Just looking for some opinions from those who are smarter with money than I I have a pension through my job as well as a retirement account that I put money into. The wife and I have been looking at a small cottage on our favorite lake here in the area. With the stock market doing as crappy as it has been doing, we have been thinking about cutting back on putting money into the retirement account and going ahead and purchasing this small cottage. The amount we put into the retirement account is equivalent to a house payment. Speaking with the "financial advisor" with the company we use at work for the retirement accounts obviously doesn't want us to cut back on our investing and keep maintaing. I was thinking with the way the housing market is right now that it wouldn't be a bad investment not to mention we would use it constantly from April-October for boating. I have AT LEAST another 20 years before I can retire and start collecting my pension. Any thoughts or opinions would be great.
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Thread: Retirement Planning
09-05-2012, 12:40 AM #1Senior Member
- Join Date
- Mar 2009
- South Bend, IN
Retirement Planning2009 Moomba XLV
09-05-2012, 01:50 AM #2
We too are thinking along the same lines. We have been looking at buying a piece of land on the river and building a metal building with a living quarters in the corner of it(1200-1500sf).. We have some friends that have done this and it is nice as heck. So we are looking at cutting back on what goes into the retirement fund and putting it towardfs something we can have paid off and own outright when we both retire in say 20yrs...Chris H.
WS420sq,4 Rev8's,JL Amps,2-TypeR 12's,6-Interior Kicker, Green/White LED
09-05-2012, 04:31 AM #3
If you know where you want to retire then I would recommend getting the property as the value should outpace the market and you have 20 years to build up your nest egg. A lot of things can happen in 20 years but you can't plan for the unplanned. When you get pay raises reward yourself but take a portion each time and put back into investments. Don't expect your purchase to be an investment for retirement but in 20 years it probably will be.
If I only knew where I plan to live when I retire then I would have bought about three years ago.1998 Mobius
310 HP PCM
09-05-2012, 09:27 AM #4
Make no mistakes about it, a second home is an EXPENSE. You can convince yourself and/or justify anything you purchase and I did the same as you are thinking with the purchase of our lakehouse. Based on an appraisal done last year when we refinanced, I have lost 10% from the purchase price. Additionally, I have put time, energy and money into various improvements. We've also purchased many toys that are all depreciating every day that they sit.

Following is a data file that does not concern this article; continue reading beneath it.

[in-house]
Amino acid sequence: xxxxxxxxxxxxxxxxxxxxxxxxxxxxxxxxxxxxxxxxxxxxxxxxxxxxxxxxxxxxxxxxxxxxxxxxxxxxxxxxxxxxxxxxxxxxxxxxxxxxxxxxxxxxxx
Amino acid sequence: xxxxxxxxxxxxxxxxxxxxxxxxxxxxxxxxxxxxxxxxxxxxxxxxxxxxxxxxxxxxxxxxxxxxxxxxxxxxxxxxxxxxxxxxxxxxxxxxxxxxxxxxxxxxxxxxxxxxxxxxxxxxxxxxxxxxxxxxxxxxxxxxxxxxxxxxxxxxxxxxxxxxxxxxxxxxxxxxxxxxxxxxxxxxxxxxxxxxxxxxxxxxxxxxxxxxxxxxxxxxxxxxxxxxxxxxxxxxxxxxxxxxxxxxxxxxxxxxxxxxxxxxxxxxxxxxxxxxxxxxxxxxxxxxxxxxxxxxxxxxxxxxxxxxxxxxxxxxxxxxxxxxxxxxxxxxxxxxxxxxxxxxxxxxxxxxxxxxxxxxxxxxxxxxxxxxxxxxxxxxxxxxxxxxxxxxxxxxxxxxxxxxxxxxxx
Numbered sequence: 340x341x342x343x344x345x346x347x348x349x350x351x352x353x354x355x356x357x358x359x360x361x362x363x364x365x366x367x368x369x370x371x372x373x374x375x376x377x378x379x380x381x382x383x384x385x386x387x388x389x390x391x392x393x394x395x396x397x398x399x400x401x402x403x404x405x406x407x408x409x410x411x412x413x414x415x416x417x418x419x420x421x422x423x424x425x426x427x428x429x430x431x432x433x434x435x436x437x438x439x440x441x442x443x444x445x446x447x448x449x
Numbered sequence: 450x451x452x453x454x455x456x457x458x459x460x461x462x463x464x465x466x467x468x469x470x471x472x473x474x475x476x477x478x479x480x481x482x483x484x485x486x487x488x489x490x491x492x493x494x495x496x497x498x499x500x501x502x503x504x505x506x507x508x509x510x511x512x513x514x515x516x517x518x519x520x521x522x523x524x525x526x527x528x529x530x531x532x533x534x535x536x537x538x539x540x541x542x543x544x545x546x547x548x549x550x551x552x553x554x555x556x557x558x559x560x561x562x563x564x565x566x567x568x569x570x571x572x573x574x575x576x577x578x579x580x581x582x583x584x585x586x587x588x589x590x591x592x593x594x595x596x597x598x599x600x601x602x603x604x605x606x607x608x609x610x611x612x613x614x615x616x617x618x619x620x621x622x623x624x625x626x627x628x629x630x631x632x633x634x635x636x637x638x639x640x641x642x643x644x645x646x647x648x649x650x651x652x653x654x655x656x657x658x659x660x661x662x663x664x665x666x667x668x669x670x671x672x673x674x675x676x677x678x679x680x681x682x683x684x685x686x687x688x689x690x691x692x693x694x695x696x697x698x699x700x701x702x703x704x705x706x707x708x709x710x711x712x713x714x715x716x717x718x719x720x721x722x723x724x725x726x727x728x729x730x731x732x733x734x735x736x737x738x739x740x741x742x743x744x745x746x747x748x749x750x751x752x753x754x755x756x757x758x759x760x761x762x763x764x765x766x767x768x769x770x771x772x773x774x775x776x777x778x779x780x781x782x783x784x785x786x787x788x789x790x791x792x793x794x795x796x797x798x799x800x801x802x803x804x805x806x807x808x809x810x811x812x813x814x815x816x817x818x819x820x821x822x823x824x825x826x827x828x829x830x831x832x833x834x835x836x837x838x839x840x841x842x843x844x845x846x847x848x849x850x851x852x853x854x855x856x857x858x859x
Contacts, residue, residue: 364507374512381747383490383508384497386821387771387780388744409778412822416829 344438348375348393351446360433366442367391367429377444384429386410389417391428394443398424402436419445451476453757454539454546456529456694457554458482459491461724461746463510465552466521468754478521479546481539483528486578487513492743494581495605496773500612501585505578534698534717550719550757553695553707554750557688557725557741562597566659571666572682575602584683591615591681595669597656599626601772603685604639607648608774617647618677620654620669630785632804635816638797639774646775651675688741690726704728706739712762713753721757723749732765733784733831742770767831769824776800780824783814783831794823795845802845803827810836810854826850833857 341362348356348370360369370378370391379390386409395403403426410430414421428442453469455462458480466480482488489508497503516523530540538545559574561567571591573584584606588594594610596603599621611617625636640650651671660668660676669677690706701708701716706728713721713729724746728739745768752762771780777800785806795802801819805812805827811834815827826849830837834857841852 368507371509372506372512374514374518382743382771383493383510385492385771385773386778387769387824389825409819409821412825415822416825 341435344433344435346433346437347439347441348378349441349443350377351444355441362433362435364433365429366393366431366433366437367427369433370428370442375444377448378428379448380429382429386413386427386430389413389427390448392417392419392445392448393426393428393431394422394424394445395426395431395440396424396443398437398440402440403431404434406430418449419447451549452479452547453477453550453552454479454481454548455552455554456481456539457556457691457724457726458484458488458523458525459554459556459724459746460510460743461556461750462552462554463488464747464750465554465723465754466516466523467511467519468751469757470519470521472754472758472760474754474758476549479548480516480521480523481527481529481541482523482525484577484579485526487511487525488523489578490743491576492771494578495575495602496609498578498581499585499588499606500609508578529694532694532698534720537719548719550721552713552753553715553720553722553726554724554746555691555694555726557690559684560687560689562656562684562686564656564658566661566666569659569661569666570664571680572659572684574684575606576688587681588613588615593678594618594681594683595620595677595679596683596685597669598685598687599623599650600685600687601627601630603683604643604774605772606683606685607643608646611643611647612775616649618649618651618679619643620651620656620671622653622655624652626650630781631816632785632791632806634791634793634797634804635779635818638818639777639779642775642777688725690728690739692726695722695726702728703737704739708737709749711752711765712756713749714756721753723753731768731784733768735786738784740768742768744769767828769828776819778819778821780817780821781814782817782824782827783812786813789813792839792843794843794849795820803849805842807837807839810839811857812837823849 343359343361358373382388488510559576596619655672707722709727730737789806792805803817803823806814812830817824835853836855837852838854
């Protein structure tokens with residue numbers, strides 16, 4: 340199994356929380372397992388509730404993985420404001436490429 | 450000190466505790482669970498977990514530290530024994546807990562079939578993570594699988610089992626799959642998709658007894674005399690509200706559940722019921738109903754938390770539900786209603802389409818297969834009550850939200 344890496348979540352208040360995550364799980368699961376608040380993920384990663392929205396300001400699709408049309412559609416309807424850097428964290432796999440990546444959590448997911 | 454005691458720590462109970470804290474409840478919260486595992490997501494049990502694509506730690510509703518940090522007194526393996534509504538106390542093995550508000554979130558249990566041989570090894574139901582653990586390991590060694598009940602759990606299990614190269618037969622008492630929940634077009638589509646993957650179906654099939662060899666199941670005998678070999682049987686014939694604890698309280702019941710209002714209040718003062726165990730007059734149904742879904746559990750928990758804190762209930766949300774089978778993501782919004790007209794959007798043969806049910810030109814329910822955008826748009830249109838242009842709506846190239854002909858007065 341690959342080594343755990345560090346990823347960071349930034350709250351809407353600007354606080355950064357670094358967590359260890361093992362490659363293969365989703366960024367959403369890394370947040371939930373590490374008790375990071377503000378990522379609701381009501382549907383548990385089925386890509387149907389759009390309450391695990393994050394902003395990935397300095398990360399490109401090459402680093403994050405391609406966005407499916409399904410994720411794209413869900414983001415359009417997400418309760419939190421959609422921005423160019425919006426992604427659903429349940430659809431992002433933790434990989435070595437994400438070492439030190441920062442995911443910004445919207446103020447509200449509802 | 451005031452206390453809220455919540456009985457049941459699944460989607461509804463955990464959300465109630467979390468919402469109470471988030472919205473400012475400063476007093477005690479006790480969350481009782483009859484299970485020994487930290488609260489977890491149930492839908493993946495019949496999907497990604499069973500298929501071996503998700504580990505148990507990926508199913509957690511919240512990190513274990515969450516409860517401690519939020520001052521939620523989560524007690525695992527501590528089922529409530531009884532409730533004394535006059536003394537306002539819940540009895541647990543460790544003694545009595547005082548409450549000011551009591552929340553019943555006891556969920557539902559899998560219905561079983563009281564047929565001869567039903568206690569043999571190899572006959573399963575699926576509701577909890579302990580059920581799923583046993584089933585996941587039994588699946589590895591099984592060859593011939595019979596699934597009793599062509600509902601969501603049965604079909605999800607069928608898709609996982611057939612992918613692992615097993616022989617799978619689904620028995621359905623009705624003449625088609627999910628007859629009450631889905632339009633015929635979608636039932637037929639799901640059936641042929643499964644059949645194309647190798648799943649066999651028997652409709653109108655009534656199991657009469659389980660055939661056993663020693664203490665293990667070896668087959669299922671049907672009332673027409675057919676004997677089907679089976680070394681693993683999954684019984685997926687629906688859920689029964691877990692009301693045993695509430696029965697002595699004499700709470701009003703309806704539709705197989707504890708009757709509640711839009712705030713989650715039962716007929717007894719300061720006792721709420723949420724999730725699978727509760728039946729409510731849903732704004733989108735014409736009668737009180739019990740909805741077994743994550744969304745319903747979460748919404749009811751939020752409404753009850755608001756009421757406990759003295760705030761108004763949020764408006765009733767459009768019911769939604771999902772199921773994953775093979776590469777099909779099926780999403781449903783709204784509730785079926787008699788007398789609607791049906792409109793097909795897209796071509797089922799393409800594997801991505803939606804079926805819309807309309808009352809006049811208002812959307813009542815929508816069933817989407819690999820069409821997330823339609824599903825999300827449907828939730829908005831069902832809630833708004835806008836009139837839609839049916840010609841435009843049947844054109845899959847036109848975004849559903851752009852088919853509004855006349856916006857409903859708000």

So, unless we again see the heyday of real estate, consider a lakehouse an investment in family & friends and great memories. NOTHING MORE may come of it and, for us, that is OK.Drew
New ride: 2012 Mojo
Old ride: 2008 OBV
09-05-2012, 10:10 AM #5
Drew makes some good points. taxes utilities upkeep etc.
Its all a trade off, but to think your buying an investment in a second home can be dangerous. look at Florida for example.
FWIW the stock market (s&p 500 )is up 13.50% through Aug, 18 % YOY and 13.5 average of 3 yrs and 6.5% avg over the last 10yrs.
does not feel like it but the amrkets are doing ok.A Day at the Lake...Priceless
A Day in Powder...Endless
2012 Möbius XLV~ Loaded & Exiled
2007 Outback V ~ sold
09-05-2012, 10:16 AM #6Senior Member
- Join Date
- Aug 2008
- Cottage Grove, MN
I think about it like this....your home(s) is/are your home(s), your investments are your investments....be careful not to confuse the two. At best, a second home is a forced savings (with a negative return), but something you can sell later to get some cash back. Over the long term, very few homes actually have a positive return once you factor in taxes, upkeep and utilities. At the end of the day, if you want it and can afford it, buy it.2006 Outback V - Gone
2008 LSV - Gone
2013 other brand
09-05-2012, 05:20 PM #7
I used to tell people that when their funds/companies are down it's like a sale. Would you rather wait until they jump up 20% higher and then buy? Didn't think so. This is if we're talking strong companies/funds, not crackpot get-rich-quick gambles.
Then again you may want to jump on that cottage and enjoy it as much as you can up until Dec 20 because the next day will...At the time it seemed like a good idea...
09-05-2012, 07:33 PM #8
We bit the Bullit last July 2011. Could not pass up the Great Deal we got on our place. Think about the Doubles too before you take the plunge
Insurance times 2
It was worth it for us. We spend so much more time better lake because we have the place.
Good luck on DecisionRick
2002 Moomba Mobius V
09-06-2012, 09:10 AM #9Senior Member
- Join Date
- Oct 2009
- Lockport, IL/Cloverdale, MI
This is the 5th year for our lake house/cottage. We love it....but... the travel time, the upkeep of two homes, taxes, insurance, etc are both physically and financially draining. We are lucky enough to afford it, but once/if that changes we will need to decide which place to sell, not looking forward to that day.2008 Outback V
09-06-2012, 03:06 PM #10
Thought about a place on the river. It's a 45 min. ride. Told the boss I really don't wanna go up there and mow the lawn every Sat. Right now I use the river for free.My Mom said I'm not allowed to get wet!
2000 Outback LS (sold)